Back in November, we claimed that Apple was going to come out with a cheap ink-jet printer this spring, and it’s looking more and more like we were right (in this business you have to take these minor victories where you can get them). Apple of course refused to confirm reports that they denied everything when asked about the printers, but we think Apple will soon release the StyleWriter, a sub-$600 ink-jet based on the 360 dpi Canon bubble-jet engine, and the sub-$1400 Personal LaserWriter LS, a 300 dpi laser based on the same 4 page per minute engine used by the Personal LaserWriter NT. Despite InfoWorld’s impression that "other Apple LaserWriters use a SCSI connection," the Personal LaserWriter LS will not be unique in using the serial port (only the LaserWriter II SC and Personal LaserWriter SC, the latter of which will be discontinued in all likelihood), connect via the SCSI port – guess what the SC in their names stands for…). Of course both printers will support TrueType and QuickDraw, which places their release date sometime around or after the release of System 7.0. We have no information on whether or not either of these printers can be upgraded to handle True Image, though PostScript upgrades will not be possible. By the way, we’ve heard that the documentation for System 7.0 is completely done and Apple is trying to make sure it is as bug-free as possible even though it’s stable now.
Interestingly enough, we haven’t heard much about True Image, the PostScript clone that Apple licensed from Microsoft in return for Apple’s TrueType technology. Microsoft hasn’t yet shipped the True Image interpreter to the companies who want to use it yet, supposedly because of delays with TrueType at Apple. A few companies, most notably LaserMAX Systems, have shipped True Image printers already, but those printers will have to be upgraded when the final release of True Image comes out. Abaton just announced a low-end, 6 page per minute, PostScript-compatible printer using the Microsoft PostScript clone. Like the QMS-PS 410, it has numerous input ports (one parallel, two serial, and one AppleTalk) and can accept data on any one without manual switching. With either of these PostScript clone printers, you must determine if the PostScript emulation is good enough for your purposes (though even true Adobe PostScript can’t necessarily print all possible PostScript documents).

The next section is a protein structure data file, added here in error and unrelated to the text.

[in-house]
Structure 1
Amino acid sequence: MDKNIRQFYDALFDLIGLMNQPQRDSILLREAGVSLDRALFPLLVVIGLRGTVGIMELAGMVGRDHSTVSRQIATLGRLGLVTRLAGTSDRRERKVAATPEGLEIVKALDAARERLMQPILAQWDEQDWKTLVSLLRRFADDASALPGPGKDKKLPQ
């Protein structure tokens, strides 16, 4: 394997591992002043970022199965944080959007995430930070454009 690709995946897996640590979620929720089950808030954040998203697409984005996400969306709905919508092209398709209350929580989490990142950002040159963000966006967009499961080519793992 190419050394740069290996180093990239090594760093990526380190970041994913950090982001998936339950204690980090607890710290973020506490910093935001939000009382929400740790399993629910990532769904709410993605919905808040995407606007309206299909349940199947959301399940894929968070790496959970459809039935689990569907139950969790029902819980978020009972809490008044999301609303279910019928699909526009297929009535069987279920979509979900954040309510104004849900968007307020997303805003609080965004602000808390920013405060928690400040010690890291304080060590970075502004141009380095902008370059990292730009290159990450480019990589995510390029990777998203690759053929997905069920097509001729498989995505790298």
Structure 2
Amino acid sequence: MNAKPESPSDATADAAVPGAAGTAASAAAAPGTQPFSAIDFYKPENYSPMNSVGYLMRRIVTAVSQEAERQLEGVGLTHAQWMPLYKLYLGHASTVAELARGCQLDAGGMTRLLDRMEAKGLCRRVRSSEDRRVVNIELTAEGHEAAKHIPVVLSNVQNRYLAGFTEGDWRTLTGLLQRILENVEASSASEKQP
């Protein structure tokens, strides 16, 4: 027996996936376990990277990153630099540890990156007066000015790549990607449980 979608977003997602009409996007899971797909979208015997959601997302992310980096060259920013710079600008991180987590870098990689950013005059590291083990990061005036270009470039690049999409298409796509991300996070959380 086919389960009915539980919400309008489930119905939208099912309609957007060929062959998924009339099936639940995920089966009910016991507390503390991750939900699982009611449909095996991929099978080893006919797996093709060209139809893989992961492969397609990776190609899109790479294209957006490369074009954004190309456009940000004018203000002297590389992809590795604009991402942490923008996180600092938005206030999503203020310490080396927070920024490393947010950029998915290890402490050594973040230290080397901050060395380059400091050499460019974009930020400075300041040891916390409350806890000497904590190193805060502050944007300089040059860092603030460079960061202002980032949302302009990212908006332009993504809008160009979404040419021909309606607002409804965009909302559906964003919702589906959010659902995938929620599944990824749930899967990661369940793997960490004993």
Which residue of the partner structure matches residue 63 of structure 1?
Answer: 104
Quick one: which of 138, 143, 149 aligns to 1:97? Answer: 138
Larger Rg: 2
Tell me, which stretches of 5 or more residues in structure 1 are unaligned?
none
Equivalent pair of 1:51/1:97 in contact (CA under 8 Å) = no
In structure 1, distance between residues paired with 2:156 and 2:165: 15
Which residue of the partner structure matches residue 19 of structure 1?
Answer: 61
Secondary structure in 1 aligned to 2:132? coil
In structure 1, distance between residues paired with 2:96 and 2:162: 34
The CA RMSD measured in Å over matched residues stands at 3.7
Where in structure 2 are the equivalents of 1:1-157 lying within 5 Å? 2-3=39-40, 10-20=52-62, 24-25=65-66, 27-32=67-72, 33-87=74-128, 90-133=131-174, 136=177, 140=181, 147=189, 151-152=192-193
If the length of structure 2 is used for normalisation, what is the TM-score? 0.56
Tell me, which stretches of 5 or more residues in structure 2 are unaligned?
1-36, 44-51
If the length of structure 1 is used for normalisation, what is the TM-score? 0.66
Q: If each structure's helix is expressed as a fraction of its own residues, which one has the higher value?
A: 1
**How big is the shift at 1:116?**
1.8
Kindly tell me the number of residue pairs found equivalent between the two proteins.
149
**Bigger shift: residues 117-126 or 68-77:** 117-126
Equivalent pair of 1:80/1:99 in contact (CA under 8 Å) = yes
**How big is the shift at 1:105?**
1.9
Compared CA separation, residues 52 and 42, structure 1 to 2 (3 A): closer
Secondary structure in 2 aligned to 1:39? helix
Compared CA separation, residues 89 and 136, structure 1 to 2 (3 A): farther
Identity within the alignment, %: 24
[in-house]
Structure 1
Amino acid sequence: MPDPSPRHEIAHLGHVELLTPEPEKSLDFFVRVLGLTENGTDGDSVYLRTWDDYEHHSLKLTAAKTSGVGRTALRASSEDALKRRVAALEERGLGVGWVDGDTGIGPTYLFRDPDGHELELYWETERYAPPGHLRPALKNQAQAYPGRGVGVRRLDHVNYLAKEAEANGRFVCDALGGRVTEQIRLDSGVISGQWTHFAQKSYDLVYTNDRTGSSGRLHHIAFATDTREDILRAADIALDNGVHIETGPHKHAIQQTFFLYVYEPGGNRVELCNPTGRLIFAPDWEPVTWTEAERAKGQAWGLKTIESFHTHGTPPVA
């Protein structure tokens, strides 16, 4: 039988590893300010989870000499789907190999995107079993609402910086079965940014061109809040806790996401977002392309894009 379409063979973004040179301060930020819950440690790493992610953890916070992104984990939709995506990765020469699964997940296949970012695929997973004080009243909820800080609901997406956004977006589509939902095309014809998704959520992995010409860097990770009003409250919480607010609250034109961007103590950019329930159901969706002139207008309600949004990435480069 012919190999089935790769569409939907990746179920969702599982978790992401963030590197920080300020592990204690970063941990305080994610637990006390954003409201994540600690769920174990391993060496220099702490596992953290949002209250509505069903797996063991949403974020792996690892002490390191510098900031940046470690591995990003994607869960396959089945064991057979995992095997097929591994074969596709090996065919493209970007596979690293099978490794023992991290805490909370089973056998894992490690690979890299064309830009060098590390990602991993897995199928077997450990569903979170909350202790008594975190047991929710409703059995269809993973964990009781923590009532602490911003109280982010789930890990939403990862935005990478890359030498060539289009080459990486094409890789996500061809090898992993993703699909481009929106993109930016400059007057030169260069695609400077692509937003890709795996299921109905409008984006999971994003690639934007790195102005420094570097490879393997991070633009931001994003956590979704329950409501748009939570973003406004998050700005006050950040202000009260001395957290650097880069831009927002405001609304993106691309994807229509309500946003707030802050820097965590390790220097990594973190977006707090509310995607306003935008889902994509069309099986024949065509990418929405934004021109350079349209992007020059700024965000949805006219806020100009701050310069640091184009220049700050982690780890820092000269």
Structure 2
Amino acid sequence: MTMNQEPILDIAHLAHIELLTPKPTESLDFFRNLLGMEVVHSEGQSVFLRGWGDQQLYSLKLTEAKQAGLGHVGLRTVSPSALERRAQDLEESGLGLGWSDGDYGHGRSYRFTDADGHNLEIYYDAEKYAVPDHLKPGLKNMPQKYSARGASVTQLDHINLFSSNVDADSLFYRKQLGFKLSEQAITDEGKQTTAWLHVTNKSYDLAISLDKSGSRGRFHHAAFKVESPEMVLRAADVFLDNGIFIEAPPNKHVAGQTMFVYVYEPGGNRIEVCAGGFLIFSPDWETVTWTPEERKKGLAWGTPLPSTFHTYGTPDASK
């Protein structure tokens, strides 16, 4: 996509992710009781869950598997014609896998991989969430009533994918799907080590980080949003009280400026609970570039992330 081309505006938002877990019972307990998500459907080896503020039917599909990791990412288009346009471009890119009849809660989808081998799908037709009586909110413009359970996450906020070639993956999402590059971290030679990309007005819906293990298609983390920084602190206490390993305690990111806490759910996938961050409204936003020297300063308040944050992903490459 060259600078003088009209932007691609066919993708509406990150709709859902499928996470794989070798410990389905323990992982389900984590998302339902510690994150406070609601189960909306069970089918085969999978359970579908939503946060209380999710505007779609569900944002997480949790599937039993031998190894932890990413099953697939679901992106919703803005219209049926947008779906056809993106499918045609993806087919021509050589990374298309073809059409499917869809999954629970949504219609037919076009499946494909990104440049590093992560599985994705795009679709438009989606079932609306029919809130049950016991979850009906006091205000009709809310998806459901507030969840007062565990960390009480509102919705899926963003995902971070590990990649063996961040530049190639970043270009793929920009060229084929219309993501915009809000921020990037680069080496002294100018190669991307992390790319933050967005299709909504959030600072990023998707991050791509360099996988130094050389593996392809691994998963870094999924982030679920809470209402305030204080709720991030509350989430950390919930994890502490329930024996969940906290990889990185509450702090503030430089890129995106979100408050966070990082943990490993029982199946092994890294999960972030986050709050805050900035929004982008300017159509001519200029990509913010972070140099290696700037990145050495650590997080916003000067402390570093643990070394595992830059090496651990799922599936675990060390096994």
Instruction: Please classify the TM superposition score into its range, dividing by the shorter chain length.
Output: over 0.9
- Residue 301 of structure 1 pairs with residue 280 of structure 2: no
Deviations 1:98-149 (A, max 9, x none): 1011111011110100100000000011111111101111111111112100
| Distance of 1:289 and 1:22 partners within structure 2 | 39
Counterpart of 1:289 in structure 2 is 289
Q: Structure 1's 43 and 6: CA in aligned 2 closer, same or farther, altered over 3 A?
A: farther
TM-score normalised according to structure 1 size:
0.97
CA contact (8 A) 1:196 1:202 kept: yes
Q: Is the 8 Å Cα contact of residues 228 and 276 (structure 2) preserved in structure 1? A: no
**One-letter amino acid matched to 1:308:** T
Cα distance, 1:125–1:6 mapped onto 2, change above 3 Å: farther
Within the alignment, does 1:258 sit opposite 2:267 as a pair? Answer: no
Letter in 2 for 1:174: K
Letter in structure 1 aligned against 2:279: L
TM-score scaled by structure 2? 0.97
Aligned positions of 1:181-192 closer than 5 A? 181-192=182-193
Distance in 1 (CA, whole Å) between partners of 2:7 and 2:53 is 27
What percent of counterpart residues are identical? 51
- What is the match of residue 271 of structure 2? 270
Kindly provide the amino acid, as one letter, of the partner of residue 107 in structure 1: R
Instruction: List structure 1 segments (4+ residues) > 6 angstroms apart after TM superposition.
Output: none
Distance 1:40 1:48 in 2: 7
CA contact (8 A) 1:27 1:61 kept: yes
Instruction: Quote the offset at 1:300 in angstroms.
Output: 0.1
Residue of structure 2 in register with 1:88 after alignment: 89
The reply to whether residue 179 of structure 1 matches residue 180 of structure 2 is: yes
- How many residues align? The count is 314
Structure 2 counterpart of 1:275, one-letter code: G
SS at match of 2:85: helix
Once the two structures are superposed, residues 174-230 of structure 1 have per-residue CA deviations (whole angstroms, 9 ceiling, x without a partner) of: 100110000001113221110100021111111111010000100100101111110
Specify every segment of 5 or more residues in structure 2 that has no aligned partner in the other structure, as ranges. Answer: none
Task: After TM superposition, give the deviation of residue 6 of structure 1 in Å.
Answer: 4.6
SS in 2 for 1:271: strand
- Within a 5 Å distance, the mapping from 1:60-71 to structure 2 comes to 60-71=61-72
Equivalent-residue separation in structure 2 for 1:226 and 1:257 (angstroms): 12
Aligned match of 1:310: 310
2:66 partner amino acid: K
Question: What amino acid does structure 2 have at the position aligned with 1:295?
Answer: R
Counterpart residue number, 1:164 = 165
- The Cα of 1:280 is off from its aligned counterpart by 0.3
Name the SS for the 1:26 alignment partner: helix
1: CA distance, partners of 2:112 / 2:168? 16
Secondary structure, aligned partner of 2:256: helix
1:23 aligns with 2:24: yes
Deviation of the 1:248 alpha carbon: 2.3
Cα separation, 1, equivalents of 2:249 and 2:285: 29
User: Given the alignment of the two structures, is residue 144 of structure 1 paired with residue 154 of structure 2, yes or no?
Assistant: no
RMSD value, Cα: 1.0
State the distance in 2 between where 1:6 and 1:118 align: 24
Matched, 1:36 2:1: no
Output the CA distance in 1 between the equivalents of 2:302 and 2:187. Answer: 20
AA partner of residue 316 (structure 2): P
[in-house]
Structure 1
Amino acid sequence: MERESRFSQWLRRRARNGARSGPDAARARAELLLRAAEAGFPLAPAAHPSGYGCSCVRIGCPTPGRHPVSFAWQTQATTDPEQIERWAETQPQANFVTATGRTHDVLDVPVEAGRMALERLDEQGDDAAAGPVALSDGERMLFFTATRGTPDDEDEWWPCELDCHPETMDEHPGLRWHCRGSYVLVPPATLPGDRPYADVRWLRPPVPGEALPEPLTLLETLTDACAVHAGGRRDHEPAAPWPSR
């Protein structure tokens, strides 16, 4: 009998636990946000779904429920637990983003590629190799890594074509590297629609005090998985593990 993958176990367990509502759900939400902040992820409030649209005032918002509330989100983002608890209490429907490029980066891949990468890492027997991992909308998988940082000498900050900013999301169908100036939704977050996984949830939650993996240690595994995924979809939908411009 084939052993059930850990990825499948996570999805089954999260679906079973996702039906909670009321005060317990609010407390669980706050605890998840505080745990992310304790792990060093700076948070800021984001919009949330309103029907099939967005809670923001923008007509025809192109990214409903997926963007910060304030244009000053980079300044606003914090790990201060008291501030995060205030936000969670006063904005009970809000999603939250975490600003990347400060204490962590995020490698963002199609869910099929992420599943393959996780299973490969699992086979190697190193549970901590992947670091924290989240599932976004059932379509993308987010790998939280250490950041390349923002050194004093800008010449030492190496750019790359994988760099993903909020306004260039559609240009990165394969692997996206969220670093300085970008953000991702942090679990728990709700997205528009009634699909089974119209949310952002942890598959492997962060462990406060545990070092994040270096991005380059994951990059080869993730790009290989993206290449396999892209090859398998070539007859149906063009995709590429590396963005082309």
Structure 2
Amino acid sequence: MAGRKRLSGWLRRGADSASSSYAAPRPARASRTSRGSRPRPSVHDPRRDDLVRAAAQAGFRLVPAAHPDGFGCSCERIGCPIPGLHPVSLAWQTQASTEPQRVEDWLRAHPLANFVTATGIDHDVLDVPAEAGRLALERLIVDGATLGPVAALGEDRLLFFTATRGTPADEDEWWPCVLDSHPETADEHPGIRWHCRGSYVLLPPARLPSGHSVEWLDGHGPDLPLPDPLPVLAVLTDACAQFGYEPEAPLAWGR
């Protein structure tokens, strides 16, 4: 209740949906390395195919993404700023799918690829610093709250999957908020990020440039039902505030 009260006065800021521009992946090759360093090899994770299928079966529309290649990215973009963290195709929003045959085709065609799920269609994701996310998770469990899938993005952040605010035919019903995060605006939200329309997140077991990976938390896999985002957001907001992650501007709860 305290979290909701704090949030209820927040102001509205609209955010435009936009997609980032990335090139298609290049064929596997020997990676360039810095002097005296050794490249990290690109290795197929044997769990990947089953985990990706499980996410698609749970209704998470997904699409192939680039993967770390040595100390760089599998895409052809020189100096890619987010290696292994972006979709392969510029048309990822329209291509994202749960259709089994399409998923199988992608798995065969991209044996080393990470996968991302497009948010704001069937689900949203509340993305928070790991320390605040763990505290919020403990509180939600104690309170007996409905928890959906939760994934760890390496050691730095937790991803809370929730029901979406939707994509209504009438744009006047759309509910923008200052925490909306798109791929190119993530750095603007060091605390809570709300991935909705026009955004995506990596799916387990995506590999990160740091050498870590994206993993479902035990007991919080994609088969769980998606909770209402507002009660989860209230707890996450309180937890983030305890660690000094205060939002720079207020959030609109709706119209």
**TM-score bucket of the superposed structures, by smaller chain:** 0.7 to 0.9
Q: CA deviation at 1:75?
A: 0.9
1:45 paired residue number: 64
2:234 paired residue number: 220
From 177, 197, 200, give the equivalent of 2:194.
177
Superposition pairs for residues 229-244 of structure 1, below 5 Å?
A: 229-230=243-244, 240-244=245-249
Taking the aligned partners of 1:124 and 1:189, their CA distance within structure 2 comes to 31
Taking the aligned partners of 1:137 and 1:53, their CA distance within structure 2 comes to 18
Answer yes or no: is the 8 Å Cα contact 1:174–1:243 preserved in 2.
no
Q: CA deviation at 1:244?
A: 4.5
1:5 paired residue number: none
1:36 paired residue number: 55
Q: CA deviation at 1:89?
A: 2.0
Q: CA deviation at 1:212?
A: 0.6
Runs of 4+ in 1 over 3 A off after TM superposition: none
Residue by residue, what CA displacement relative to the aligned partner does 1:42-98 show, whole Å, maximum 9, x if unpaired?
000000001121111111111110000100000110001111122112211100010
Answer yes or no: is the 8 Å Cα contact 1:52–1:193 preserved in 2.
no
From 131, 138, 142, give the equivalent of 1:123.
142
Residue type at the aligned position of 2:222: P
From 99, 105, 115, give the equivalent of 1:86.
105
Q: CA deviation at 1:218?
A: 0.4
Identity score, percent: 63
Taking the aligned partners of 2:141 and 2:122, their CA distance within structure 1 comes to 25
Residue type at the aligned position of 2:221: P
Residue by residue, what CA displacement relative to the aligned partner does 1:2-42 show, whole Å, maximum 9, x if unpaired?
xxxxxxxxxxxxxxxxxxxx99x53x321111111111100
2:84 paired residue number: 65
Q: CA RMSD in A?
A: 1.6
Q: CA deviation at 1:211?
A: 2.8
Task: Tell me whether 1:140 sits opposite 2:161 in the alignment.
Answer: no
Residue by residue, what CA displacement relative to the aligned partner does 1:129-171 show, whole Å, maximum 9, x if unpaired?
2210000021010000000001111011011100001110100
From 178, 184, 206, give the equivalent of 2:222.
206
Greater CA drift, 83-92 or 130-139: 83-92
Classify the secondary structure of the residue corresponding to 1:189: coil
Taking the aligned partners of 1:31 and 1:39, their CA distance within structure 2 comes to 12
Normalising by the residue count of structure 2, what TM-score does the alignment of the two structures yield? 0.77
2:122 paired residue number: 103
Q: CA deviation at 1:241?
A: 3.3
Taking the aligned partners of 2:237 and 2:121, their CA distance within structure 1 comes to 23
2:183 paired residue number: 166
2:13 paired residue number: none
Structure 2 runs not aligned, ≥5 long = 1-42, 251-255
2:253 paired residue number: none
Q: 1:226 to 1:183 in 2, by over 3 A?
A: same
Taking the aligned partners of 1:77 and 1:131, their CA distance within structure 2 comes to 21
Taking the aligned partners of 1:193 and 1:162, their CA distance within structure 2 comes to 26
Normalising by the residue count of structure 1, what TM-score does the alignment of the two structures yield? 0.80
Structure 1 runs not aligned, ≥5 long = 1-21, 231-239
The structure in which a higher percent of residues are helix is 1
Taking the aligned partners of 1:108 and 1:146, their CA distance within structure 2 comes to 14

Apple certainly isn’t ignoring the high-end these days, despite its recent emphasis on the low-end. Work on the 68040 machines is going well, with a workstation using A/UX and a high-end machine to knock the IIfx down a rung to come out sometime this spring. New laser printers are coming as well to take over for the aging II NT and II NTX. In all likelihood, the new printers will use the same engine, but will have faster processors to speed output and will include Ethernet ports to go with all of Apple’s new Ethernet hardware. Since PostScript printers seldom reach the engine’s rated speed, the processor is the main bottleneck. And what better way to avoid a bottleneck than throwing more processor power at it.
LaserMAX Systems — 612/944-9696
Abaton — 800/444-5321 — 415/683-2226
MacWEEK — 05-Feb-91, Vol. 5, #5, pg. 1, 6
InfoWorld — 11-Feb-91, Vol. 13, #6, pg. 101
PC WEEK — 04-Feb-91, Vol. 8, #5, pg. 19